Eight Caught by FBI's 'Bot Roast II' Investigation

The FBI said Nov. 29 that its continuing investigation into criminal use of "botnets" has so far produced eight indictments or convictions, 13 search warrants served in the United States or abroad, and more than $20 million in economic losses and more than 1 million victimized computers. A botnet is a collection of compromised computers remotely controlled by a criminal "botherder," who takes control of them with viruses, worms, or trojan horse software.

"Today, botnets are the weapon of choice of cyber criminals. They seek to conceal their criminal activities by using third-party computers as vehicles for their crimes," FBI Director Robert Mueller III said. "In Bot Roast II, we see the diverse and complex nature of crimes that are being committed through the use of botnets. Despite this enormous challenge, we will continue to be aggressive in finding those responsible for attempting to exploit unknowing Internet users."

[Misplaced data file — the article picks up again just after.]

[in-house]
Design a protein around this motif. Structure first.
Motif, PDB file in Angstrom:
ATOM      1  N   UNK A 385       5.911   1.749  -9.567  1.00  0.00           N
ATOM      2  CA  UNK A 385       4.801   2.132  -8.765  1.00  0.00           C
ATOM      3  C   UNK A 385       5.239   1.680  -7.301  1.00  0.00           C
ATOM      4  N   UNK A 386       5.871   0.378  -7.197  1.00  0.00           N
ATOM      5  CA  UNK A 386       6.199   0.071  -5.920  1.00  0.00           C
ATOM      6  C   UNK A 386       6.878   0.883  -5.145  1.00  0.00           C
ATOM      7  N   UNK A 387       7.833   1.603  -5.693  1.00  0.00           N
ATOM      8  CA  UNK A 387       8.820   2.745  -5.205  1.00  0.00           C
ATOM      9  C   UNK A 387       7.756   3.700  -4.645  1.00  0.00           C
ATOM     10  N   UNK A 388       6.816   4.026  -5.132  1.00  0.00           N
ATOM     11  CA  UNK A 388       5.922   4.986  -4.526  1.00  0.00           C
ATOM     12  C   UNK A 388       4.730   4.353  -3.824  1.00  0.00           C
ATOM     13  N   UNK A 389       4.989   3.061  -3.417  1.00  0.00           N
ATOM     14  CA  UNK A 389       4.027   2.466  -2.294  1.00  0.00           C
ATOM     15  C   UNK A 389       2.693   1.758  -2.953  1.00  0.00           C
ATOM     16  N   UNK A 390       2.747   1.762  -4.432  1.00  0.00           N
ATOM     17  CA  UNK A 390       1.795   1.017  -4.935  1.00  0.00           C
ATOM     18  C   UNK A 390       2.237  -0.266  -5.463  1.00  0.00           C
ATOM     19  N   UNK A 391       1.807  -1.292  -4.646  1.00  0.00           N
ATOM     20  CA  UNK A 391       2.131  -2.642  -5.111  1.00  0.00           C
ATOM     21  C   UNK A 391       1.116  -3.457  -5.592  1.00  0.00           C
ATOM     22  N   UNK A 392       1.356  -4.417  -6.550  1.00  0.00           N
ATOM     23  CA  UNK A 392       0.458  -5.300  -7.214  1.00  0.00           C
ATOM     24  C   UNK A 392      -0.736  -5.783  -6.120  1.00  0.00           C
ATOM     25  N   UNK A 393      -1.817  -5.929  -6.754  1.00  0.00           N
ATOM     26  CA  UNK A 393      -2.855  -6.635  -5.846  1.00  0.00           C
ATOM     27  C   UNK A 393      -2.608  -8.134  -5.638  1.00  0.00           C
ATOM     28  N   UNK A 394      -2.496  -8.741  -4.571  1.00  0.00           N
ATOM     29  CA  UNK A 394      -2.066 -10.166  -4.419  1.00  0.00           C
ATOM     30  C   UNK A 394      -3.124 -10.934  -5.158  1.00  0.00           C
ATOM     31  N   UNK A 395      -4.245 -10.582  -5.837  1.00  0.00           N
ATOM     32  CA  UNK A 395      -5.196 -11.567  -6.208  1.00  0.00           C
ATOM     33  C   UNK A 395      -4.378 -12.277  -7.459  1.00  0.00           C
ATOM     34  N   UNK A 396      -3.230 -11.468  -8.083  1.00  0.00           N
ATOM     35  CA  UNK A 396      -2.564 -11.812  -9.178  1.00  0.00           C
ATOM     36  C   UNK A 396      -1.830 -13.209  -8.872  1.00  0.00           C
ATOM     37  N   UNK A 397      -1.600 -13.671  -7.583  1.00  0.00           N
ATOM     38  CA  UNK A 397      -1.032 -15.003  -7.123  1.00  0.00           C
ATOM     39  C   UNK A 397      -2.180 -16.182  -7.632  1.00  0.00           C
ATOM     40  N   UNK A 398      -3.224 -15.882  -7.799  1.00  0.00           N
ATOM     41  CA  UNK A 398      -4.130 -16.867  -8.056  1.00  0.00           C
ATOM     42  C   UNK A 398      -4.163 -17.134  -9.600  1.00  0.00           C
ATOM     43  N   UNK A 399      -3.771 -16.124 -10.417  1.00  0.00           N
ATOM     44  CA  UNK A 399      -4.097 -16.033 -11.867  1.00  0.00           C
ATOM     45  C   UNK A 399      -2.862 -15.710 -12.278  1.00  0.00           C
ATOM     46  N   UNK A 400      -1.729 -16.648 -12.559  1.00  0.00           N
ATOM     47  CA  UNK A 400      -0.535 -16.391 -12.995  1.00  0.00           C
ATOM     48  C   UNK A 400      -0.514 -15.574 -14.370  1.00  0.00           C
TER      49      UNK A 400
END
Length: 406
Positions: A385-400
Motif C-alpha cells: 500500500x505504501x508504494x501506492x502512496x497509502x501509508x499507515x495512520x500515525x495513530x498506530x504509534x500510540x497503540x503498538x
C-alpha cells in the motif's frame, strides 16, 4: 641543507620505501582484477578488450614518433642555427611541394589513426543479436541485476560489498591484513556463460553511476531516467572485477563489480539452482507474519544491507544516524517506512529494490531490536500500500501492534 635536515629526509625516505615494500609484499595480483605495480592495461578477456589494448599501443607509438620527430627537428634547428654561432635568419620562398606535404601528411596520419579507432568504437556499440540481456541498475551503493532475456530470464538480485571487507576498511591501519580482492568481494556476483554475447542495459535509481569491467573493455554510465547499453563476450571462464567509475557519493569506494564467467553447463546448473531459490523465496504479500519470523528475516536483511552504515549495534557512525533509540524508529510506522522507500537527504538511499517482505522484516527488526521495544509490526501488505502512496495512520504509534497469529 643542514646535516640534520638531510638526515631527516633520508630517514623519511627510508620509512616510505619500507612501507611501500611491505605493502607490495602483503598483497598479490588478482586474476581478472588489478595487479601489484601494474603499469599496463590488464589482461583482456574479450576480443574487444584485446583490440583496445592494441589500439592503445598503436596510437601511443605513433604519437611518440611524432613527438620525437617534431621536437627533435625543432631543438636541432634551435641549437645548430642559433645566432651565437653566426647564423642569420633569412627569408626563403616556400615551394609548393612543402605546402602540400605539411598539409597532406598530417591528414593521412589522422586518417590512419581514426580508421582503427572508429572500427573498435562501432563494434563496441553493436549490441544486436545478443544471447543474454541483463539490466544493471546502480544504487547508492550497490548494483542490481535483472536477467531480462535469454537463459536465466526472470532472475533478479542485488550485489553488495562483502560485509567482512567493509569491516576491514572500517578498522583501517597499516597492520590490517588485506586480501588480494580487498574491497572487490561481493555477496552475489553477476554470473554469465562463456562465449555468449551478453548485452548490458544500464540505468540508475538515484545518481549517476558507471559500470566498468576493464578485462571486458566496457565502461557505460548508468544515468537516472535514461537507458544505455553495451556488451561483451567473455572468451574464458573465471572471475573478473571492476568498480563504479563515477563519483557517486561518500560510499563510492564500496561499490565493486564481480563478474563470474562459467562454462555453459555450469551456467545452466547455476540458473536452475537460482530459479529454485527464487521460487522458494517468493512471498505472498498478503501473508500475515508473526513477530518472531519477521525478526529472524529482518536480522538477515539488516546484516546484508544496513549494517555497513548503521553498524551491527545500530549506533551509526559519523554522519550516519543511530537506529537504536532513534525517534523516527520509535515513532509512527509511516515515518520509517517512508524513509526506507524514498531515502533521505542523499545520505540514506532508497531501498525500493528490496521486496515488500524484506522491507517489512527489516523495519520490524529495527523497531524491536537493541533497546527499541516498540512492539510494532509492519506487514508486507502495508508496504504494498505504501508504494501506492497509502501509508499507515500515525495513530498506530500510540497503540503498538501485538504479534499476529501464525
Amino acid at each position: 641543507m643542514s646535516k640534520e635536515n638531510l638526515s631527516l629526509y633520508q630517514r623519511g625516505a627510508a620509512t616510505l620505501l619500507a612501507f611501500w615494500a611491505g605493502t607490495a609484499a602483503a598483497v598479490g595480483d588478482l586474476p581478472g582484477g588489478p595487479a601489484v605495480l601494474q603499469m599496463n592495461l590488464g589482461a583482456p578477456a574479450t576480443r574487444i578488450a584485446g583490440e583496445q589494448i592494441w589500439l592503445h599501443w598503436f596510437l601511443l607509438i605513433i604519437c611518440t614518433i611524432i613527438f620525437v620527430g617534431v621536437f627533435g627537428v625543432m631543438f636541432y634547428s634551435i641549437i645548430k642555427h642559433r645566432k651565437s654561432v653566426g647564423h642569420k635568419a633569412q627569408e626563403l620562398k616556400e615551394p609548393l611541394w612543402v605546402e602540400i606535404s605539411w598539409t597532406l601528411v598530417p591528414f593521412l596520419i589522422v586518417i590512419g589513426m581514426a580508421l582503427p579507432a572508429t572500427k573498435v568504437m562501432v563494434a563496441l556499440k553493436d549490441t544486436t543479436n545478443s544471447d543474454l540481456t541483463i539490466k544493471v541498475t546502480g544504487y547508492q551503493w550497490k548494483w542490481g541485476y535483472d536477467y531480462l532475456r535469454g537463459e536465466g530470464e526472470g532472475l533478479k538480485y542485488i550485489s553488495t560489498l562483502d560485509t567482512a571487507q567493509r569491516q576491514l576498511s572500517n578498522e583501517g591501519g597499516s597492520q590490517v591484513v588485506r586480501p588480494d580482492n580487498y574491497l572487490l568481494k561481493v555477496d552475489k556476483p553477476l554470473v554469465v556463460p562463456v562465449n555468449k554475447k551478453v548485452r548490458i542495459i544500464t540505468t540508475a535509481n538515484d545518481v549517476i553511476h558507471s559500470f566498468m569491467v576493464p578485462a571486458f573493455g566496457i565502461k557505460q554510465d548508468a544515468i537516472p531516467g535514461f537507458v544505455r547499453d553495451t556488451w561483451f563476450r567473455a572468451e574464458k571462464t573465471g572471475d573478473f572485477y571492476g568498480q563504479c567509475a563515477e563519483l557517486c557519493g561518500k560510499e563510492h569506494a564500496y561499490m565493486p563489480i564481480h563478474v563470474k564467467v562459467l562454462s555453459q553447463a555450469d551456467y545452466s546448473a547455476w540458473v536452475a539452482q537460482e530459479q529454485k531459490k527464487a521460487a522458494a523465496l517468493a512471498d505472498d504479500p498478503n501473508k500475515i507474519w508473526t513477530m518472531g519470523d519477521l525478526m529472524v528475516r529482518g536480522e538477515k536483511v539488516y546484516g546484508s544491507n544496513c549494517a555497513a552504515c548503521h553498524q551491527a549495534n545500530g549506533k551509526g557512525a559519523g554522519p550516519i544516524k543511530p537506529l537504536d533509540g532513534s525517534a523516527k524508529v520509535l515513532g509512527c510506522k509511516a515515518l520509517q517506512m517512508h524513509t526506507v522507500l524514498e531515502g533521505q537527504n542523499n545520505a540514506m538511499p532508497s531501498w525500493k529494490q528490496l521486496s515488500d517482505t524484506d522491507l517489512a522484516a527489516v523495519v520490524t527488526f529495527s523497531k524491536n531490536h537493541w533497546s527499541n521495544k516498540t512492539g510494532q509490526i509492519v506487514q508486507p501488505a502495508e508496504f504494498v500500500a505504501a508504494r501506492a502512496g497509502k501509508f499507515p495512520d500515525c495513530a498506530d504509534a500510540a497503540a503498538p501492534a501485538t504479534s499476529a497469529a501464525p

Botherders typically use the computers of others to commit identity theft, launch denial-of-service attacks, and install keystroke loggers. FBI offices in Cincinnati, Detroit, Jacksonville, Los Angeles, Philadelphia, Sacramento, Washington, D.C., and others participated in Bot Roast II, and the U.S. Secret Service and the New Zealand Police shared information, according to the FBI.

To report fraudulent activity or financial scams, contact local police or a local FBI field office and file an online complaint with the FBI's Internet Crime Complaint Center at www.ic3.gov, the agency recommends.

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